The purpose of self-awareness from the Philippians point of view is to help you know other people. I know myself, so that I can do unto others as I would have them do unto me. I get the idea of how I should live humanly. By humanly, I don't mean sinfully. I mean rather that we must be conscious of our thoughts and feelings and assume that we are not too different from other people. We have to find the commonality. This is what Christ did when he became incarnate and genuinely human. His self-awareness, his willingness to experience a life of service, enabled him to have compassion on others who traveled the same way.
We must learn to touch our individual humanity to understand others' individual humanity, with all the hurts, pains, selfish blind spots and petty jealousies, and on the other hand, with all the aspirations of wanting to be who we were created to be, wanting to use our gifts, wanting to help each other. Taking stock of only one part of another person is not fair and reflects that we are not acting humanly, never mind humanely. One of the hardest things to remember is that even a killer wants to love; even a rapist wants to care. We know that everyone is human at the deepest level.
The second quality Christ models for us is his obedience to God. This obedient humility of Christ results in exaltation. We may even wonder if exaltation is a reward for his service to God, but this line of thought is dangerous because it leads to an assumption that if we try hard and obey God, status and esteem will come our way. Such is not the case as any person in the service of Christ very well knows. Everyone who's lived the Christian life knows it's not going to go that way. It won't result in wonderful, health and wealth promises come true. It'll end in the cross, but don't worry, it's joyful.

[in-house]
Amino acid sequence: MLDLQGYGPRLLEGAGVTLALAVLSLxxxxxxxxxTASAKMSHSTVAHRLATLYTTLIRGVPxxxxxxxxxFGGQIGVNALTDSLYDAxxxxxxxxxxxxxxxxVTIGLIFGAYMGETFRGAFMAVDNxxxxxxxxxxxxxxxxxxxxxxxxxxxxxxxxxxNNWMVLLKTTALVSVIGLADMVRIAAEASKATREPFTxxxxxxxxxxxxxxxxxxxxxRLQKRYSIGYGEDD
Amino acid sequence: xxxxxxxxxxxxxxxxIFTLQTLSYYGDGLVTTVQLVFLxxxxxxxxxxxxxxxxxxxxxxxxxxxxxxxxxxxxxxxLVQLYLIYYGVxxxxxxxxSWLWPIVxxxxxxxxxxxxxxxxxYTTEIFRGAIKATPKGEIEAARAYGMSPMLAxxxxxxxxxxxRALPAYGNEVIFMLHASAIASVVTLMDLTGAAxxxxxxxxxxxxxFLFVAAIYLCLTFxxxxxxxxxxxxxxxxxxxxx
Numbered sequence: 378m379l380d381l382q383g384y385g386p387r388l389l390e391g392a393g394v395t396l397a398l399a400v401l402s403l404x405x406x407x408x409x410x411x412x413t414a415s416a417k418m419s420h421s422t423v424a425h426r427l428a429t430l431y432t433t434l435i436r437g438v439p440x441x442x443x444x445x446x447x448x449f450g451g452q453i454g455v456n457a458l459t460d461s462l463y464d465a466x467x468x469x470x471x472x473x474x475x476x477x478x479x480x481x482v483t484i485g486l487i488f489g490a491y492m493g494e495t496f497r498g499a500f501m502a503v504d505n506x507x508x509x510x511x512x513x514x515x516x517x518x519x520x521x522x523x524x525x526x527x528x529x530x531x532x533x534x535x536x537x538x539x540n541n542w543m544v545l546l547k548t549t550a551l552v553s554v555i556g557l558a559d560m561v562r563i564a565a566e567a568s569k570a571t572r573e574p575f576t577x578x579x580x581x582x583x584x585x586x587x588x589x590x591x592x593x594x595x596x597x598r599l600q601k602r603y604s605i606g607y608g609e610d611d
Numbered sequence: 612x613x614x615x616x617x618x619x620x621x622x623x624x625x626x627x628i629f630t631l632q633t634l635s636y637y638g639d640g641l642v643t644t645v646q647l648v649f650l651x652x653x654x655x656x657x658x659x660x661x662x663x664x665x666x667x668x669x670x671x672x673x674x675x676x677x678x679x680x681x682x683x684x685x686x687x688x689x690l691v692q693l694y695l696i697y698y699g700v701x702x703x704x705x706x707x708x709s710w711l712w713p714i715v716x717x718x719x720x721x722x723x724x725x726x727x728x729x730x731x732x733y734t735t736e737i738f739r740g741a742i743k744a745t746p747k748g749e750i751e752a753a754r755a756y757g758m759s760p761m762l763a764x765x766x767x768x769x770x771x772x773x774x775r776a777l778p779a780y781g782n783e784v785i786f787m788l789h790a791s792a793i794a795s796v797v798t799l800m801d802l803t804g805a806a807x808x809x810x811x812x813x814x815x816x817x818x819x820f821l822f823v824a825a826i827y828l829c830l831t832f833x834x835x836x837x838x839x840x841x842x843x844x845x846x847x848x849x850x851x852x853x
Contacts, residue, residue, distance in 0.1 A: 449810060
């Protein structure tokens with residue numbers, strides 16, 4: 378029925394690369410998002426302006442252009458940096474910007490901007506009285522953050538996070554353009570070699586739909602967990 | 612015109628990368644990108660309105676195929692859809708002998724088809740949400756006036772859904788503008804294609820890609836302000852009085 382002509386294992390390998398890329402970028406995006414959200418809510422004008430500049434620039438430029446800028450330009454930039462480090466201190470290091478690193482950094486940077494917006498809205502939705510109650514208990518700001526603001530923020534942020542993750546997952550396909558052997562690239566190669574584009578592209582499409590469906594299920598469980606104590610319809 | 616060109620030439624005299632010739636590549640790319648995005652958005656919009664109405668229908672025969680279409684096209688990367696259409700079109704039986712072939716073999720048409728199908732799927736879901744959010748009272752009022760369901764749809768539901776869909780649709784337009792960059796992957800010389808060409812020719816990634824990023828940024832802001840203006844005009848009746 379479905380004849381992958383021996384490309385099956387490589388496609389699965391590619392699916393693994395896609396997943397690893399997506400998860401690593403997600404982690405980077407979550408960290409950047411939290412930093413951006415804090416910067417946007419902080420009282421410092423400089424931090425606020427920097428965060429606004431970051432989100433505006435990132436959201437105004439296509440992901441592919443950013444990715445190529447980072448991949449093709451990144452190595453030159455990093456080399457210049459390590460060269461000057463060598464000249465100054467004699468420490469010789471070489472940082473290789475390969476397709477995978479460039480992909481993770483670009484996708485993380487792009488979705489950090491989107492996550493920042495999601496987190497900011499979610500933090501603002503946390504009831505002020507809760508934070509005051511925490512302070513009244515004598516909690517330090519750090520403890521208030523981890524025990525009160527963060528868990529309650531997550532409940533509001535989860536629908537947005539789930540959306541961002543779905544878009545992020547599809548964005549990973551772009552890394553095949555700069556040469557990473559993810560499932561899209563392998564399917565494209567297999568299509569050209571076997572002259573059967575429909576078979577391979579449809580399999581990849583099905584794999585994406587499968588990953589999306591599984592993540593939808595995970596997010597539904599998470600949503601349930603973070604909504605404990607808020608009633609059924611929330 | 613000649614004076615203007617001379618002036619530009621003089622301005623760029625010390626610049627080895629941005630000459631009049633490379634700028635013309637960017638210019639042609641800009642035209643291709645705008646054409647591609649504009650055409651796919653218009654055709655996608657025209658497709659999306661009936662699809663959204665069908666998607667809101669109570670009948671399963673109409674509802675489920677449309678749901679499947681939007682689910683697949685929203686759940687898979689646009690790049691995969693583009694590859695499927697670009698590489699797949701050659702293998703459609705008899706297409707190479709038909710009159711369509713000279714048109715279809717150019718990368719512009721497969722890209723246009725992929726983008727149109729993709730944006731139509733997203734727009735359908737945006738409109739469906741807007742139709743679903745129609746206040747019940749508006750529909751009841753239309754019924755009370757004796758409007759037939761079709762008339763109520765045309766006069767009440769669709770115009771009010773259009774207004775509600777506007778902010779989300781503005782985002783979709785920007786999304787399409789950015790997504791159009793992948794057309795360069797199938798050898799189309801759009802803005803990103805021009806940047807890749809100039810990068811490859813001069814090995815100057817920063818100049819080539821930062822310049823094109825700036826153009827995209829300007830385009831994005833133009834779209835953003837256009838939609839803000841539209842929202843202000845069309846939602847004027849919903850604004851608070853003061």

The passion of the cross is the most immediate consequence of obedience. We are most like Christ when we joyfully and thankfully carry the shame and humiliation of the cross. This is not to be confused with masochism. In John, Christ reigns from a tree; the cross is the highest point of glorification in the gospel. To apply the analogy is to say that we too have the most status when we have none and are serving our brothers and sisters.
This applies to those in and out of formal authority in the Church. Those who are 'leaders' must minimize their positional status and privilege while those who are not formal leaders must serve even those who are, instead of expecting to be serviced by them. We often think the church is there to serve us, but it's not. All of us are there to serve. These are radical thoughts for our church and how we regard ourselves in the community. Today in our community, we have choices to make about who we are, how we see ourselves, and how we treat one another. If we focus on the Philippian hymn, we will learn to serve each other in costly obedience to God and recognize our common humanity.
As I said earlier, Golgotha is not the final word. Easter is. Easter is when God raised Christ from the dead. Christ's self-effort had nothing to do with this resurrection; God raised him up. My prayer for our community is that God will raise us up from the death of seeking our way, to a life of honour we can share with the Risen Christ. When God does this in our community, it will witness to the world of His glory.
painting by Bev Patterson